Wednesday, August 10, 2011


Research psychologists have developed a genuine interest in positive psychology. What better news could there be for a HOPE LADY? It’s hard to say why that interest took so long to develop. But some things are worth waiting for.
Hope is one of ten positive emotions Barbara L. Fredrickson discusses in her book Positivity. The other 9 are: joy, gratitude, serenity, interest, pride, amusement, inspiration, awe, and love. She asserts that positive emotions broaden our repertoire of responses and build our inventory of resources. I was thinking about this theory last Friday night while a thunderstorm raged outside my bedroom. The room was ablaze with flashing and the air roared. All over the city people and pets were trembling with fear. Trees might fall. Power might fail. Gardens might be ruined. Fires might start. Those who were fearful had good reason to be. I was a little frightened myself. I am not certain whether you can decide not to be frightened. You can try to be safe, and still you’ll feel the fear.
While fear is a legitimate response, other responses are also possible. While you are feeling the fear, you might be able to feel other things. I decided to notice what I could feel. I could feel interest—could be interested in the cause of such storms. I could feel awe—be awe-struck at the power of the thing that was happening in my city. I focussed on the awe and the interest as I crawled out of bed to protect the computer by shutting it down. A fascinated person—more resourceful in some obscure way--finds it a little easier to leave the bed for an entry into the uncertainty beyond.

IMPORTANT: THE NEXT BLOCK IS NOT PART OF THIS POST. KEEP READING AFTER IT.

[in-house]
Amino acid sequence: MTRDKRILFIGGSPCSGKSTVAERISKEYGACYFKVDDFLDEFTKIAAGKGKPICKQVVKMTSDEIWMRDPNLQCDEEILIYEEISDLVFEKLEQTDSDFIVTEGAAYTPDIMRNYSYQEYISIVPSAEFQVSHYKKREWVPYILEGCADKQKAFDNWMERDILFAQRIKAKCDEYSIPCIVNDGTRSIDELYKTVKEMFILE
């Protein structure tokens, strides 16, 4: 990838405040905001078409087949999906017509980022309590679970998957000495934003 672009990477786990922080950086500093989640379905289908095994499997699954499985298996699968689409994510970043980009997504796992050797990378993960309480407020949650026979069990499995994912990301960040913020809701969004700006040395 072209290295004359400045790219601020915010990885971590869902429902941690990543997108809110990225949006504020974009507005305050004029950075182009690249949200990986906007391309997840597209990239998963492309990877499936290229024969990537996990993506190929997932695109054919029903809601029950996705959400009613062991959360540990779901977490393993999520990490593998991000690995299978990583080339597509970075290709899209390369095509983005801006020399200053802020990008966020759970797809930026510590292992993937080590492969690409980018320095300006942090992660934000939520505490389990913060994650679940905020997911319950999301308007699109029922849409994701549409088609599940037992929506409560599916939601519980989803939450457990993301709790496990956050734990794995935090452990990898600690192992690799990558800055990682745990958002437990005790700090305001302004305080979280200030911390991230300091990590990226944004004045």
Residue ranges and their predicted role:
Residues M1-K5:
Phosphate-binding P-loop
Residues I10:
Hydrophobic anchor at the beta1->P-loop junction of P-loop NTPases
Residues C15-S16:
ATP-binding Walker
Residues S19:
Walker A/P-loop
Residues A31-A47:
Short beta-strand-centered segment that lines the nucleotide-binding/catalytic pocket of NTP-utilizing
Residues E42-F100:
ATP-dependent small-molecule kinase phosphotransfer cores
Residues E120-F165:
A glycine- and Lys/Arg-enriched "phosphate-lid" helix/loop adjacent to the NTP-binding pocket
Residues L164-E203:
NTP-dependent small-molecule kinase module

The focus on positive psychology brings with it a shift in perspective regarding emotional life and the role of a professional counsellor. When the primary emotions of interest are anger, sadness, guilt, etc., the professional seeks to help people reduce the emotional severity and subsequent consequences. But when it comes to positive emotions, the professional seeks to produce the positive emotions. The goal is to enliven them, to intensify them so that they can become a vibrant component of emotional life.
The counselling program at the Hope Foundation of Alberta was ahead of its time in the early 1990’s. As a new employee I was asked to do an unusual thing: use all my psychologist skills to create an atmosphere of hope in which problems could be addressed. The atmosphere of hope was more important in the hierarchy than the problem itself. Nowadays this idea would not seem radical, but at the time professional respect for the theory was hard to come by.
In the current research environment a considerable amount of energy is being devoted to the study of basic positive emotions. As we learn more about how they work, counsellors are asking what they ought to do with the information. To THE HOPE LADY, this perspective shift brings joy and a sense of serenity. And—oh yes—it also brings hope.

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